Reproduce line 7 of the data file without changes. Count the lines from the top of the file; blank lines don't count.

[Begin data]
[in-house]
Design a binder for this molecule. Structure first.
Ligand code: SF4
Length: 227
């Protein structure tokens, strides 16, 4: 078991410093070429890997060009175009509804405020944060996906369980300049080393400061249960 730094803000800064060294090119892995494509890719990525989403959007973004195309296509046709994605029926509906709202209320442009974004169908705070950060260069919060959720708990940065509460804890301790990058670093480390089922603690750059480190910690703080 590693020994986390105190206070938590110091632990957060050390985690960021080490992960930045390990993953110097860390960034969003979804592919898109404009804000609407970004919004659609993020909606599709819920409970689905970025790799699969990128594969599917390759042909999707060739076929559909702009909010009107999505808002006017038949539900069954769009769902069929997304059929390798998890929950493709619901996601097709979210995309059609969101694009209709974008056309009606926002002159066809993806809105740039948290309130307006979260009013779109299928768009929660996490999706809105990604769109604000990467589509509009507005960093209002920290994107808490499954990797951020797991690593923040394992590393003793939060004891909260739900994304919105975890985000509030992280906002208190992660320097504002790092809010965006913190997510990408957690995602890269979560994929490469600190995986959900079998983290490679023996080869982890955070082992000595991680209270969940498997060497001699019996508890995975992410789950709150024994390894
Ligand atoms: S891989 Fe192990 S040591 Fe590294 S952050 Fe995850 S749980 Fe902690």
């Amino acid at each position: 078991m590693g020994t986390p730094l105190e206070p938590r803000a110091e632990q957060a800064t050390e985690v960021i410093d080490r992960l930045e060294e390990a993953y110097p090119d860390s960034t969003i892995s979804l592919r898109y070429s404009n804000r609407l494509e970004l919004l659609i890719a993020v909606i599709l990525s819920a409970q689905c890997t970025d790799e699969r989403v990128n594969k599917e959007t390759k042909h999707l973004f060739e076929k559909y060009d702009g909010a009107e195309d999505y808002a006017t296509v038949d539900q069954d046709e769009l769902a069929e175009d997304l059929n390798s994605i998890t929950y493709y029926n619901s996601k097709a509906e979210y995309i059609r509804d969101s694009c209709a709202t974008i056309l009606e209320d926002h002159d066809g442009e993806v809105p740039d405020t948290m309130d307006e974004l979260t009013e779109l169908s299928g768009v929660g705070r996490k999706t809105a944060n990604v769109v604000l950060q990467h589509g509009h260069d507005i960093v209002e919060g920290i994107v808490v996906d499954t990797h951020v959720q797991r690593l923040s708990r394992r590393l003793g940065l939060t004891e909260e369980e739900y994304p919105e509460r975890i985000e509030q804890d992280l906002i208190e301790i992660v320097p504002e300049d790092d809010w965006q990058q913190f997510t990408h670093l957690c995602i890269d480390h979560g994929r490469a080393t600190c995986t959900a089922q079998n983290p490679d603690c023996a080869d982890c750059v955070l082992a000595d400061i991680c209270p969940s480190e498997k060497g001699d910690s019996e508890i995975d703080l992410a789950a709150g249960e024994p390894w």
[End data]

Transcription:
């Amino acid at each position: 078991m590693g020994t986390p730094l105190e206070p938590r803000a110091e632990q957060a800064t050390e985690v960021i410093d080490r992960l930045e060294e390990a993953y110097p090119d860390s960034t969003i892995s979804l592919r898109y070429s404009n804000r609407l494509e970004l919004l659609i890719a993020v909606i599709l990525s819920a409970q689905c890997t970025d790799e699969r989403v990128n594969k599917e959007t390759k042909h999707l973004f060739e076929k559909y060009d702009g909010a009107e195309d999505y808002a006017t296509v038949d539900q069954d046709e769009l769902a069929e175009d997304l059929n390798s994605i998890t929950y493709y029926n619901s996601k097709a509906e979210y995309i059609r509804d969101s694009c209709a709202t974008i056309l009606e209320d926002h002159d066809g442009e993806v809105p740039d405020t948290m309130d307006e974004l979260t009013e779109l169908s299928g768009v929660g705070r996490k999706t809105a944060n990604v769109v604000l950060q990467h589509g509009h260069d507005i960093v209002e919060g920290i994107v808490v996906d499954t990797h951020v959720q797991r690593l923040s708990r394992r590393l003793g940065l939060t004891e909260e369980e739900y994304p919105e509460r975890i985000e509030q804890d992280l906002i208190e301790i992660v320097p504002e300049d790092d809010w965006q990058q913190f997510t990408h670093l957690c995602i890269d480390h979560g994929r490469a080393t600190c995986t959900a089922q079998n983290p490679d603690c023996a080869d982890c750059v955070l082992a000595d400061i991680c209270p969940s480190e498997k060497g001699d910690s019996e508890i995975d703080l992410a789950a709150g249960e024994p390894w």